In recent years, the quality of employee benefit plan audits has been a focus of the Department of Labor and the American Institute of Certified Public Accountants (AICPA) Peer Review program. One of the most frequent deficiencies was found to be the improper use of the ERISA limited-scope exemption because the certification did not meet the requirements in the Title 29 U.S. Code of Federal Regulations Part 2520.103-8 for an acceptable certification. In an effort to address this deficiency, the AICPA’s Employee Benefit Plan Audit Quality Center has issued a tool that plan administrators may use to not only understand their responsibilities for determining the adequacy of a certification, but also to assist in identifying common deficiencies in limited-scope certifications.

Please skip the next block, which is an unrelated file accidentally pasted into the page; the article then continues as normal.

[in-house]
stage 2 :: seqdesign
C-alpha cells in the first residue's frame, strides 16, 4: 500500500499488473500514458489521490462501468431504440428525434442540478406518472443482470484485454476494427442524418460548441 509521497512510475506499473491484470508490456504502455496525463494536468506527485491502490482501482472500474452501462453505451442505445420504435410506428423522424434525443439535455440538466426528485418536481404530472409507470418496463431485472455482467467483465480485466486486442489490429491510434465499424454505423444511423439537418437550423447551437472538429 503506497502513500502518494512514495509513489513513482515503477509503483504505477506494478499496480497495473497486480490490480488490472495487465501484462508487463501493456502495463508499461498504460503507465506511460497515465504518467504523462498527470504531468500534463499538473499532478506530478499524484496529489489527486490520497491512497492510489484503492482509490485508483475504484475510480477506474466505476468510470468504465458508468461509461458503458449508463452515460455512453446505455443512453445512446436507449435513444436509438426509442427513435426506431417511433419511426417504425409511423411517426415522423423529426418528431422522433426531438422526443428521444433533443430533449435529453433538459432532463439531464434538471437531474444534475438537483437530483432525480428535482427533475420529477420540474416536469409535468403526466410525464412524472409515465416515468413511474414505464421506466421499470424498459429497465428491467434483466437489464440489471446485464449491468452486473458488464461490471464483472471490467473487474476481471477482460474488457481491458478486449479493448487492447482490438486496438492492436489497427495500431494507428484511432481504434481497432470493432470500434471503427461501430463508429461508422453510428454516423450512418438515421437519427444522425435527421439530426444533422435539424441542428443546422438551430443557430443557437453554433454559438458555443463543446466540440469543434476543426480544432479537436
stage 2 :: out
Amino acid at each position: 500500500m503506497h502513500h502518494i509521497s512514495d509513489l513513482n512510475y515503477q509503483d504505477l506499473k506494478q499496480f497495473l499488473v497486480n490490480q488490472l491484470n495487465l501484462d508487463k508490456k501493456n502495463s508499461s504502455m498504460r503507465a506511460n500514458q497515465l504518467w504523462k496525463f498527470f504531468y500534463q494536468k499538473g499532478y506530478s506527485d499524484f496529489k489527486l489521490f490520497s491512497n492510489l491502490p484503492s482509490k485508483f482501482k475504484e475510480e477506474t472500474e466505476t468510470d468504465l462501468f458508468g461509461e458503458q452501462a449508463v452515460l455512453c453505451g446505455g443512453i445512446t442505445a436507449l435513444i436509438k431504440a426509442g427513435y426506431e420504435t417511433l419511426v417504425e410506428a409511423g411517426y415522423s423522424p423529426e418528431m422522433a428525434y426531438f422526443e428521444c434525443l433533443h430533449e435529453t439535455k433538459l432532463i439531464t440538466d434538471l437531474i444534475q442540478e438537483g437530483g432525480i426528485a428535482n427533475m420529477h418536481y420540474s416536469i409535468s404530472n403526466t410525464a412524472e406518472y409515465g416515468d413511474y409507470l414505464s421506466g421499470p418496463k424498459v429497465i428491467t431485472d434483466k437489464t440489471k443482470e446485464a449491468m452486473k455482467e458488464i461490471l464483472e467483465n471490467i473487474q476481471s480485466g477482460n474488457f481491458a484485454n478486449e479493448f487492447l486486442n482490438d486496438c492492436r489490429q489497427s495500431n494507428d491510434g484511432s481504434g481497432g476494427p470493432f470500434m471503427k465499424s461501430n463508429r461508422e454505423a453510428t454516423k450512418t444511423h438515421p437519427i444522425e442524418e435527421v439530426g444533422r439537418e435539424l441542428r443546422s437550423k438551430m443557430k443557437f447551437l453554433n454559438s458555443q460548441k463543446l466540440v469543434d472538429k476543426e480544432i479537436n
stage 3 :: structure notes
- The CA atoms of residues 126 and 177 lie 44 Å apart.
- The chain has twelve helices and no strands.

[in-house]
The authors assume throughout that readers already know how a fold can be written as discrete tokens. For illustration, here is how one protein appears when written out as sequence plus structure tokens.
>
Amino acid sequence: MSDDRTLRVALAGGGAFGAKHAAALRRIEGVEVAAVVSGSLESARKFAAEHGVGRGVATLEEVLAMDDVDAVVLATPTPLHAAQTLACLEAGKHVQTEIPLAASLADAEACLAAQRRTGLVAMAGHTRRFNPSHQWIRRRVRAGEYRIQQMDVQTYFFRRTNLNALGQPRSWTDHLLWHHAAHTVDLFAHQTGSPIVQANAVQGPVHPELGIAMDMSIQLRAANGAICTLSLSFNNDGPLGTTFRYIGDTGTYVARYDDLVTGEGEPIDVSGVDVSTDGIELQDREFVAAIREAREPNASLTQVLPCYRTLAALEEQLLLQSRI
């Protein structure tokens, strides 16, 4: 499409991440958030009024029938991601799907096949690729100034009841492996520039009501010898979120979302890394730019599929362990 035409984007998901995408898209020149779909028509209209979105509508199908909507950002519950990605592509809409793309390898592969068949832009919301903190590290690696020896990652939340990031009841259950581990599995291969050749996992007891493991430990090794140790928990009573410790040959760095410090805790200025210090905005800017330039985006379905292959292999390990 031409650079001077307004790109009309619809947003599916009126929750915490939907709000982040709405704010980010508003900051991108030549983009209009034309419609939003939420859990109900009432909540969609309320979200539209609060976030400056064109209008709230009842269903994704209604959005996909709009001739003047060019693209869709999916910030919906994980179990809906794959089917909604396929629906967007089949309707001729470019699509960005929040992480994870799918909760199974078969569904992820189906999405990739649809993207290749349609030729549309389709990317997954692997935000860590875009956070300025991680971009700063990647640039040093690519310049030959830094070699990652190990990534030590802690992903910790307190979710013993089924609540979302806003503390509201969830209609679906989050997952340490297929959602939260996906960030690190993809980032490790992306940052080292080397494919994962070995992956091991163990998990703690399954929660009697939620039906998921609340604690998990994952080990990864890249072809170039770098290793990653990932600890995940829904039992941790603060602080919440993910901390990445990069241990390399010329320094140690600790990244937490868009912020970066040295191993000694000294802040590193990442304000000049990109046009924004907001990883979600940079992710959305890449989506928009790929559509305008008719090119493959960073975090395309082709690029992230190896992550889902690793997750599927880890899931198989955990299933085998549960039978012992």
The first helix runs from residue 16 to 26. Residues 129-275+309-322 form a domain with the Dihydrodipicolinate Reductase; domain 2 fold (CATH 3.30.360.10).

The determination of whether or not a limited-scope audit can be performed rests with plan administrators. A few requirements of an acceptable limited-scope certification include the certification being signed, either manually or electronically, by someone authorized to represent the qualified institution; it being specific to the plan subject to the audit; and it certifying both the accuracy and completeness of the investment information as of, and for the period ended, on the financial statement date. In addition, the plan administrator must ensure that the financial statements and note disclosures related to investment information are prepared in accordance with accounting principles generally accepted in the United States. If the plan administrator discovers that insufficient year-end valuation procedures were performed, the plan administrator may request the qualified certifying institution to recertify or revise the certification for such investments at their proper year-end values or to omit such investments from the certification.